After providing your learners with a pre-assessment, group learners by ability level. Groups develop and use strategies to find perimeter of regular or irregular shapes using string, paper clips, links, and other objects. They find the area using tiles or counting squares of regular and irregular shapes on a grid. Pupils find the volume by layering cubes in a box.
Polygons don't have to be big scary shapes, break them down into composite figures and find the area piece by piece. Start by reviewing how to the find the area of a triangle and quadrilateral because those are commonly used to create bigger polygons. The example introduces a polygon that can be split into three different shapes, all quadrilaterals. Have your learners use the area formula for each piece after finding the missing sides based on the sides given. Challenge them with a nonagon and show them that it can be broken down into multiple triangles to find the area. 
Take the first step in teaching young mathematicians about area with the initial video in this five-part series. Beginning with a review of area and key terms related to area measurement, the instructor goes on to clearly model how to find the area of rectangles by counting unit squares. Extend the lesson by passing out grid paper and asking children to draw different rectangles and determine their areas. An excellent resource to supplement an introductory lesson on area.
Providing detailed diagrams and step-by-step instructions, this video explores how to find the volume and surface area of a cylinder. Tip: It would be beneficial as a review prior to a test which covers the concept of volume.
Practice finding the area of squares and rectangles. Complete with a grid for third graders to measure each side, this resource will be helpful. Though the shapes vary in size, they all have four sides to make measurement easy. Pupils write the answer in a space provided, along with the unit of measurement (cm).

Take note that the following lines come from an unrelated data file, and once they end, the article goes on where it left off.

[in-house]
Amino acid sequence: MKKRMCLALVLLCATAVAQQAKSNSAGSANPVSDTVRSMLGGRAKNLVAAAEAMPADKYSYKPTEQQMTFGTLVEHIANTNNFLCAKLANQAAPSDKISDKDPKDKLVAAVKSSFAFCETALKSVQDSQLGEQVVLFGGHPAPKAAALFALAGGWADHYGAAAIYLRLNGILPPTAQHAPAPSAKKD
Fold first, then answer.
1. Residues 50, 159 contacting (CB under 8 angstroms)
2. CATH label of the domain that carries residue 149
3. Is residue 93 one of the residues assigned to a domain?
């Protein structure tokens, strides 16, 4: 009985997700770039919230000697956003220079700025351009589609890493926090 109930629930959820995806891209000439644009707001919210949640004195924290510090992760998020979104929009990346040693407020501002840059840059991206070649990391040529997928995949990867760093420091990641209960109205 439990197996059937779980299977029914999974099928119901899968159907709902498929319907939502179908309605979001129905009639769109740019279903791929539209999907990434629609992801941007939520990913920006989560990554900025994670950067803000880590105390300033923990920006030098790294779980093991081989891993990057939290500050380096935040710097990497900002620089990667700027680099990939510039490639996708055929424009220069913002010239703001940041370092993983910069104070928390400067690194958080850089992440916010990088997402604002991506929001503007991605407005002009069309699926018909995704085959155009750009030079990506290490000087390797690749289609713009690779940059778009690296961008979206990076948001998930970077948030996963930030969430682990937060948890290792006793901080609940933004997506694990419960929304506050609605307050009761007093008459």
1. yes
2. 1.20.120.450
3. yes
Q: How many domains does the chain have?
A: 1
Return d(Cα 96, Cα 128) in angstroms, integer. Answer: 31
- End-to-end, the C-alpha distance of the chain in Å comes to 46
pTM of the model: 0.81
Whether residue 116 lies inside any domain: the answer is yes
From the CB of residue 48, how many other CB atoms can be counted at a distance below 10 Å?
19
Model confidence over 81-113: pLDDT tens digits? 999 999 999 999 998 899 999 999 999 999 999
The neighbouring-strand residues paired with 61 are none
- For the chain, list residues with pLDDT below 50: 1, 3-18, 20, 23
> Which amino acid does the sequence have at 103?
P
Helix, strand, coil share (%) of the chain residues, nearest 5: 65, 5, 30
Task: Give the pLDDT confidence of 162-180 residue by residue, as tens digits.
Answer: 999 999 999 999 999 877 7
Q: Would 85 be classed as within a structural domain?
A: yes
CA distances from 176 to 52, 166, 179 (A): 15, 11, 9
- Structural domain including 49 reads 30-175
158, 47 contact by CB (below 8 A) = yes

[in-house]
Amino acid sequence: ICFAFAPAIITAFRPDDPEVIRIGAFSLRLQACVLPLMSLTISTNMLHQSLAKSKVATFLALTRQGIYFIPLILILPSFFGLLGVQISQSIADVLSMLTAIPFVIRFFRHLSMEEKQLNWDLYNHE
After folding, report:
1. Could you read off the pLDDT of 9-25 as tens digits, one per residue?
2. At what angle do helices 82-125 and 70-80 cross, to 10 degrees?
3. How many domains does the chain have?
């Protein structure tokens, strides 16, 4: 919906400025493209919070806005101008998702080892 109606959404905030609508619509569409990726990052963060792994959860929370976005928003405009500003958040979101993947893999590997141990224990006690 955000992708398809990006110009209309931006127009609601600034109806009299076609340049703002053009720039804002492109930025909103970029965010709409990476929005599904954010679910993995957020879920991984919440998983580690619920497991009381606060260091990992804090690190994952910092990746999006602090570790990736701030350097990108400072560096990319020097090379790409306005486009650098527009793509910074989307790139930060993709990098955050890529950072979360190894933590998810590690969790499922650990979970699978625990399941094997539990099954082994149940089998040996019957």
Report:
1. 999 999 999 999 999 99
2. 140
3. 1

Challenge your second graders with a worksheet on units of measurement! Not only do they put their measurement skills to the test, but kids practice word problem strategies as well. The second part of the resource prompts students to supply the correct unit of measurement for different tasks, such as measuring the mass of a dog, or the capacity of a bucket.
Fifth and sixth graders engage in a series of activities which show them the importance of using different types of measurement strategies. One of the primary goals of the lesson is to show learners that measurement is helpful in many areas of real life. Area and perimeter are two of the measurements which are focused on the most. Some outstanding worksheets are included in this plan.
Students explore area. In this beginning area measurement instructional activity, students use paper squares and triangles to cover two dimensional classroom objects. Students count and record the number of shapes used, then compare the computed areas using information from their data tables.
Would you use inches or miles to measure a finger? How would you measure the water in a pool, or milk in a carton? Reinforce units of measurement with your first grade class. Learners circle the correct unit of measurement for each drawing, making this resource ideal for pupils who have a hard time writing out the correct units.